The Blockchain technology is known mainly for its cryptographic currency. However, this technology can also be used in traditional as well as new businesses.
Let me remind you that a blockchain is a distributed database that contains information about all operations performed between parties – participants of any process.
Records from the registry are visible to all participants of the process, they can not be removed or changed unnoticed retroactively.
With the help of the technology, it is possible to get rid of intermediaries in business, and thus to reduce costs, for example, on registration of contracts, and also to exclude fraud. Blockchain allows you to monitor all processes in real-time and save on audits.
The very introduction of technology is comparatively inexpensive, but before the company’s management must understand the basics of the technology and understand in what business processes blockchain will bring the greatest benefit.
A large company is likely to be easy to convince all partners and counterparties to connect to the system based on the blockchain.
The financial sector has pioneered the use of the blockchain. This is not surprising: the idea of cryptocurrency transactions between wallets can be easily transferred to traditional bank transfers.
Moreover, we often become a participant in the chain without knowing it ourselves. For example, when we book Duluth Hotels. Cross-border money transfers on the basis of a block-keeper take minutes, while through the international payment system SWIFT, especially if there is no correspondent relationship between the sender and receiver banks, the transaction can take up to three working days.
Blockchain can be used both for customer verification and in the future – for reporting to regulators.
A consortium of European banks, led by Swiss UBS, has launched a blockchain platform – in accordance with the new EU banking laws, which came into force this year and require banks to disclose more data and conduct more thorough checks on clients and counterparties.
EU banks are now required to assign each legal entity client a 20-digit identifier containing all information about the company (name, location, industry, etc.).
Company data is recorded in a distributed registry, each entry is indisputable, but it can be updated with the next entry. The chain will show the entire history of a particular company and its operations.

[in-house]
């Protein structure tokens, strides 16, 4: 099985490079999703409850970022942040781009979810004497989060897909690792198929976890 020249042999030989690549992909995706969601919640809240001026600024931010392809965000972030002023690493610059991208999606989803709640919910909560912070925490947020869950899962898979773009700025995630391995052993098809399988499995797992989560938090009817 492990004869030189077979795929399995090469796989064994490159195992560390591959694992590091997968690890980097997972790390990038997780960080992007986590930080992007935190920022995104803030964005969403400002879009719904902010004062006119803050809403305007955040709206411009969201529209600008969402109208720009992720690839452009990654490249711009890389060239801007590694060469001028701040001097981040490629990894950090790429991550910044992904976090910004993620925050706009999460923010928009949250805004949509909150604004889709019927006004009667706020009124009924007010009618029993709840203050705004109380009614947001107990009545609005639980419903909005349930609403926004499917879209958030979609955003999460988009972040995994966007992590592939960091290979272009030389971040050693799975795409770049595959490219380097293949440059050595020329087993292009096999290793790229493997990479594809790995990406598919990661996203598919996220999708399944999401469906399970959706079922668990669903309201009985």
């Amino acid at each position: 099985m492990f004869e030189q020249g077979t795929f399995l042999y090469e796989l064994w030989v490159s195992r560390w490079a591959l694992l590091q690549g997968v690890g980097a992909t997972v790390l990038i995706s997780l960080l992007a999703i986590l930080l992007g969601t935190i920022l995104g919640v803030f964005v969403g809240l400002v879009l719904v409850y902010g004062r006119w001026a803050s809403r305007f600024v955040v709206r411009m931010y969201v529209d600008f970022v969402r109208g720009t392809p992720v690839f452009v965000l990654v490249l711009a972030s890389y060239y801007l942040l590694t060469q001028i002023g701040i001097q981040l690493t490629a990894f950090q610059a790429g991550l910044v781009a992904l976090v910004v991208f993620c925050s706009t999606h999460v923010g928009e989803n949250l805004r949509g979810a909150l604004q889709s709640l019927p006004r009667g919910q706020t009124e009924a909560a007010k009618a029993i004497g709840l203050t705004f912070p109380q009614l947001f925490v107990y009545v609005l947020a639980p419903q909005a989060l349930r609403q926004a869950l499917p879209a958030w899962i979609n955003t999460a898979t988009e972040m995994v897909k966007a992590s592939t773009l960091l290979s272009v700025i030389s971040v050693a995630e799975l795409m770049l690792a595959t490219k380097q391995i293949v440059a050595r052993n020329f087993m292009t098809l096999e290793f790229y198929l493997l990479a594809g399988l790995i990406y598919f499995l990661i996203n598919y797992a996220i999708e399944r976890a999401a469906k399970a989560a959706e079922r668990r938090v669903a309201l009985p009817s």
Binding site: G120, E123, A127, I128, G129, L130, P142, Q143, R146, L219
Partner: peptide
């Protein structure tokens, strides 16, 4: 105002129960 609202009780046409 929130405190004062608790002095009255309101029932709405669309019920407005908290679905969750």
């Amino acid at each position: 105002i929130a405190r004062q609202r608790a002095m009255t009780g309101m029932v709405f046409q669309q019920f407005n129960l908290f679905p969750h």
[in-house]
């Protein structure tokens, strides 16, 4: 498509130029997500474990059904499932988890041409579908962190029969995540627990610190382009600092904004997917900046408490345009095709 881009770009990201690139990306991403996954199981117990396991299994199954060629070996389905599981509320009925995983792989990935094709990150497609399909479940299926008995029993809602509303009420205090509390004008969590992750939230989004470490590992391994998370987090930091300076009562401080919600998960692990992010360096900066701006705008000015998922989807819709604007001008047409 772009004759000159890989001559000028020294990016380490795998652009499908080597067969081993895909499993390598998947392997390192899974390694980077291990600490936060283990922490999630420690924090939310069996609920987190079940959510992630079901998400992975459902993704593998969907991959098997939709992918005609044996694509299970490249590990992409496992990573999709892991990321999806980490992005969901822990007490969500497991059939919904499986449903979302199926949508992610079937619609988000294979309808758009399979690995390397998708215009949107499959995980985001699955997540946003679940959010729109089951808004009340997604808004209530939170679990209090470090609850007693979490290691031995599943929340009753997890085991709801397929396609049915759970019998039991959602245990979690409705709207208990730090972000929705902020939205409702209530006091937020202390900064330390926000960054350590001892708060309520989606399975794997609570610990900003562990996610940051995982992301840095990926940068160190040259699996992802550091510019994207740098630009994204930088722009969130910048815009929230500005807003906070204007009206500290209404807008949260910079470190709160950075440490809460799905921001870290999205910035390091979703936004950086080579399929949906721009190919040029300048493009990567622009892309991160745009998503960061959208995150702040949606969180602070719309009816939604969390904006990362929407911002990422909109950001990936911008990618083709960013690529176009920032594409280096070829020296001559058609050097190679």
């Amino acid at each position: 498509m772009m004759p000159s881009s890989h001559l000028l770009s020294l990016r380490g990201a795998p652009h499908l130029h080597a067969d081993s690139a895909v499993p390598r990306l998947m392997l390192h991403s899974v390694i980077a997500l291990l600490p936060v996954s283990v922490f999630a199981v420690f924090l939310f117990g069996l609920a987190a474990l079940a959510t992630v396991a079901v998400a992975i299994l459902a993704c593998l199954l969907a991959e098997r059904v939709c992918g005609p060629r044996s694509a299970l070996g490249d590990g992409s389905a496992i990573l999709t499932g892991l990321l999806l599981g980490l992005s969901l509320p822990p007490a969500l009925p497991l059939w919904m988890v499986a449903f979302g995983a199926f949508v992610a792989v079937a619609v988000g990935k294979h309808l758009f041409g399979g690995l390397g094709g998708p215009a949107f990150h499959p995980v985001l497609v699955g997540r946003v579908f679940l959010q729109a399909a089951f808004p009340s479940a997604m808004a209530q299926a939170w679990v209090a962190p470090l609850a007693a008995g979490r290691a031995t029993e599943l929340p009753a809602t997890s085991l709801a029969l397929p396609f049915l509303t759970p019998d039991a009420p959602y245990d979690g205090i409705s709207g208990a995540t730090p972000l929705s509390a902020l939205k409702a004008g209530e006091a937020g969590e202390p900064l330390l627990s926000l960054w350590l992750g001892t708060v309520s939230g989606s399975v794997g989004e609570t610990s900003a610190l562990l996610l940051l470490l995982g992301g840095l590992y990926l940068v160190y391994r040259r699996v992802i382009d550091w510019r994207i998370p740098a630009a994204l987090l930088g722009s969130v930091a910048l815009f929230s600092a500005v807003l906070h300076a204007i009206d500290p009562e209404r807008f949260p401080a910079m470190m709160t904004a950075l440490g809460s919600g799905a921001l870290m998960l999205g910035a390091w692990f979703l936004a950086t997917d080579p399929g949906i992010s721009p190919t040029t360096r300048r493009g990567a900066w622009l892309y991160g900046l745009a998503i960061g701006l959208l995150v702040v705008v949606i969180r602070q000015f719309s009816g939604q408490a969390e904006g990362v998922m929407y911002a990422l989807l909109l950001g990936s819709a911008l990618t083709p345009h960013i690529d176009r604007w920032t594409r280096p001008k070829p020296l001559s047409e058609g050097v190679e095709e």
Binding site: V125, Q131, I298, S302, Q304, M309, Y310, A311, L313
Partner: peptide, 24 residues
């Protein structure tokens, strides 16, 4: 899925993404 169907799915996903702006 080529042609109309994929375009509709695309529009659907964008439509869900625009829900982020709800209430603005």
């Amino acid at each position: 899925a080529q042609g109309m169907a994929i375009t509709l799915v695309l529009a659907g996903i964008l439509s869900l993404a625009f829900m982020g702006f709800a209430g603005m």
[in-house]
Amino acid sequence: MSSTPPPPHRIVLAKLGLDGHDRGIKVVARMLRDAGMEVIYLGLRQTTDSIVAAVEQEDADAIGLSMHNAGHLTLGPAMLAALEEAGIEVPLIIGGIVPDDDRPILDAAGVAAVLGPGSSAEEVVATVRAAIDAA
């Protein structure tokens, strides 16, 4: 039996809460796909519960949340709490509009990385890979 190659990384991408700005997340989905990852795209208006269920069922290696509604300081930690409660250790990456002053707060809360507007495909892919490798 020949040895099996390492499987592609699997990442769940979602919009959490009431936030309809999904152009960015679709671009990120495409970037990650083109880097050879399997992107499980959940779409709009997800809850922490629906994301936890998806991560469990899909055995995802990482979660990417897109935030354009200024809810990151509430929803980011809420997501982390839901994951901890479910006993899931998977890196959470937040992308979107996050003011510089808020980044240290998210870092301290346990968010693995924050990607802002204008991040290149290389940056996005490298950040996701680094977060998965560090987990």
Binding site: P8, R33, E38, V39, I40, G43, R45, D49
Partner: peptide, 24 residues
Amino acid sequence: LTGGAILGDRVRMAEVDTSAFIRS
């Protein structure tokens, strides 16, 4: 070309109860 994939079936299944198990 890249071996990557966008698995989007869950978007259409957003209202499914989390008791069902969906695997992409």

Blockchains will be most useful not to companies with a dozen proven counterparties, but to an enterprise with many suppliers, buyers, franchisees, which need to be constantly monitored.
One of the examples of suitable industries is logistics. Together with the cargo, the supplier sends forwarding documents, which are checked by warehouse staff and customs officers at each stage of delivery.
In maritime transport, it is not uncommon for documents to take longer than the shipment itself and for the recipient to wait for them to receive the goods.
Large companies have already launched projects using the blockchain. For example, DHL, together with the consulting company Accenture, has developed a system for tracking the supply chain of medicines.
The product is assigned a unique serial number that records every step from production to purchase. The distributed database shows that the medicine came from the manufacturer and is not counterfeit.
Another sphere of application of the blockchain is real estate transaction accounting.
According to the same scheme as in logistics, documents are uploaded to the blockchain, transactions are recorded there and accepted by all interested parties, including the registration authority.
Business at the blockchain is not done on its own. High results can only be achieved together with like-minded people in consortia and professional communities.